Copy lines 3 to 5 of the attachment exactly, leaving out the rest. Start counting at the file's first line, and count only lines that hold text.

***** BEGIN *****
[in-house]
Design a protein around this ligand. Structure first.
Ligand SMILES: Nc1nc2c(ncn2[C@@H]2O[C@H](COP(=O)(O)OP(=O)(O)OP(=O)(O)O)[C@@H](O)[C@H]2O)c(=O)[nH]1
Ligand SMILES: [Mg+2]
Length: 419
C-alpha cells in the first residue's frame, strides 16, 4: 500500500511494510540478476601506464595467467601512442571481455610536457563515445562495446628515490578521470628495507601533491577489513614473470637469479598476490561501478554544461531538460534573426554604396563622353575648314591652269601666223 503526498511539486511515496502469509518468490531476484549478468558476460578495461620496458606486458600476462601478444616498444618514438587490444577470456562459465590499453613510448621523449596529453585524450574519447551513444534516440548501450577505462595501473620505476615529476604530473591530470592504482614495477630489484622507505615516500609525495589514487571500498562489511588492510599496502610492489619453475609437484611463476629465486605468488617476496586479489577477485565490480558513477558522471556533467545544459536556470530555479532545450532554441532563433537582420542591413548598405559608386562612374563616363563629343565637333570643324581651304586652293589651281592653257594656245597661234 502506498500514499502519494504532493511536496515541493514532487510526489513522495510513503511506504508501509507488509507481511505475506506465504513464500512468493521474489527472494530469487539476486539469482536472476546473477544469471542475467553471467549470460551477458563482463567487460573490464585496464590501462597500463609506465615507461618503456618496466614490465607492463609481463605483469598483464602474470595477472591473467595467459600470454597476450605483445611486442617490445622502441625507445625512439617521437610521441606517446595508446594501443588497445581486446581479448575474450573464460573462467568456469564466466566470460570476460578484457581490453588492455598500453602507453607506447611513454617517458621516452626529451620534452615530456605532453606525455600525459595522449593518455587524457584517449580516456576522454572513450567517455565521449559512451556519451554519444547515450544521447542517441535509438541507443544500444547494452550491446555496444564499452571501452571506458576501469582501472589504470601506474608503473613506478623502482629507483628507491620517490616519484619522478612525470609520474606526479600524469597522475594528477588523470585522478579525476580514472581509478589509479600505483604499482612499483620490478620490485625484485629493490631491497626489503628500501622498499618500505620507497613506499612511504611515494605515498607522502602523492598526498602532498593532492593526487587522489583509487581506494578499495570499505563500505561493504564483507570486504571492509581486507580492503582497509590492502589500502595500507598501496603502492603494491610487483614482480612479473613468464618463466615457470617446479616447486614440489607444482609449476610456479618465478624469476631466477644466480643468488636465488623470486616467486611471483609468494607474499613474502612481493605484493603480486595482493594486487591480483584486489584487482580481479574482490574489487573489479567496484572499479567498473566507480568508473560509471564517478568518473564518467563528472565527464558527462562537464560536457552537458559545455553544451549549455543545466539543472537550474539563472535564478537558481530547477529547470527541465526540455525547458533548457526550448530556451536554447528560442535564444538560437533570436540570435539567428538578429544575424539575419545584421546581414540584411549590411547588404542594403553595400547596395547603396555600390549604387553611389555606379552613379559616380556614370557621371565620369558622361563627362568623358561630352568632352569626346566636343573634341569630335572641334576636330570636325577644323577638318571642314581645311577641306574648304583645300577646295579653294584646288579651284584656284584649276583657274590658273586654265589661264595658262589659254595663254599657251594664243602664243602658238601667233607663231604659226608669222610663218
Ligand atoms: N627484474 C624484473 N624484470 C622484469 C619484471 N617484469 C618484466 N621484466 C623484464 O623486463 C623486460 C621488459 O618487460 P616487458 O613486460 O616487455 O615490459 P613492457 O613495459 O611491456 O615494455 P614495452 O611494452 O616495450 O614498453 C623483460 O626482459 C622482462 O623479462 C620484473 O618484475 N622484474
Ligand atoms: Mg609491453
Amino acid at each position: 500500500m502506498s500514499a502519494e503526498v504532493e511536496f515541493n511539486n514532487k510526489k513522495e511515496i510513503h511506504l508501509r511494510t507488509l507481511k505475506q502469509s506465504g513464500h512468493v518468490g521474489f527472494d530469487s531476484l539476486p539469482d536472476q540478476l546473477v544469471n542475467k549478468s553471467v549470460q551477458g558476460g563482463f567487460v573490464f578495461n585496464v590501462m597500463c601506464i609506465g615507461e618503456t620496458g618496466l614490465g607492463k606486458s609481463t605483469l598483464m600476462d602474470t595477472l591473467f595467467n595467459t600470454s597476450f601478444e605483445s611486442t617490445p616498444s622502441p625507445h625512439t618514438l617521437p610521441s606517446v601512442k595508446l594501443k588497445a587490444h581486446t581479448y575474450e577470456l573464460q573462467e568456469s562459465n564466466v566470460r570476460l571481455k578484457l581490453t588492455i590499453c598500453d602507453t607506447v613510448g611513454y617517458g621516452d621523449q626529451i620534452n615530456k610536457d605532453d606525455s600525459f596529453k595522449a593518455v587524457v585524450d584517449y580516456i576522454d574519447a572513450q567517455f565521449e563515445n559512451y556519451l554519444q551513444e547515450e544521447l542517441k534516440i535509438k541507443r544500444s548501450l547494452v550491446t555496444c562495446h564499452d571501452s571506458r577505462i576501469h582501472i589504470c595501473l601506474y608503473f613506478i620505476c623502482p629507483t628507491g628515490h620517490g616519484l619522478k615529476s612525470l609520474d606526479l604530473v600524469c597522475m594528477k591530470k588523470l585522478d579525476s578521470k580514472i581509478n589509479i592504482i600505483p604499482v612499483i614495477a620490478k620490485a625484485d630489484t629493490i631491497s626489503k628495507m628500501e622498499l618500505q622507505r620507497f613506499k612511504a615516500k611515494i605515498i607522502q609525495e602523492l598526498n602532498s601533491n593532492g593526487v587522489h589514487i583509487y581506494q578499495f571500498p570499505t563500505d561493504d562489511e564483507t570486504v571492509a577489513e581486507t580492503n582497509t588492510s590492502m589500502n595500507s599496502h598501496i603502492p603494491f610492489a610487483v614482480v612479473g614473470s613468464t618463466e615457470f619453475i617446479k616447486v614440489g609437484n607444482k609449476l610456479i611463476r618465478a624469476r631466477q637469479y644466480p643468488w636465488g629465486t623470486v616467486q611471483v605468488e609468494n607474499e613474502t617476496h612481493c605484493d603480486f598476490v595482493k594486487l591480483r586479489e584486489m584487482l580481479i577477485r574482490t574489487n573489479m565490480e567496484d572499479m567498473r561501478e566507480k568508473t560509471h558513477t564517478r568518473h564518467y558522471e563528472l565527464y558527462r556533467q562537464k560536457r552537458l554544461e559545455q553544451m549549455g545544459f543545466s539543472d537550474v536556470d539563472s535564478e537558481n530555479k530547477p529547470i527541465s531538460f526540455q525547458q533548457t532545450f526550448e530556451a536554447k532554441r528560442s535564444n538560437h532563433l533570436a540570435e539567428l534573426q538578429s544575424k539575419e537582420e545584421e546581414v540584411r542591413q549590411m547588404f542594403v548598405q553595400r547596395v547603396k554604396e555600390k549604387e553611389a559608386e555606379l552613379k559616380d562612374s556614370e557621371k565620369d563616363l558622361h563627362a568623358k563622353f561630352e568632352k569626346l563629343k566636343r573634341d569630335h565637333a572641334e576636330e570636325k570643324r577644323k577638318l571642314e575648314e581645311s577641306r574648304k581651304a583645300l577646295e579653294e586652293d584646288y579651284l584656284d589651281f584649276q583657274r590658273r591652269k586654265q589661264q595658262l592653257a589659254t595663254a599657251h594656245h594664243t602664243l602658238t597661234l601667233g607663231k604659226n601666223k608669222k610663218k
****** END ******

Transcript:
Ligand SMILES: Nc1nc2c(ncn2[C@@H]2O[C@H](COP(=O)(O)OP(=O)(O)OP(=O)(O)O)[C@@H](O)[C@H]2O)c(=O)[nH]1
Ligand SMILES: [Mg+2]
Length: 419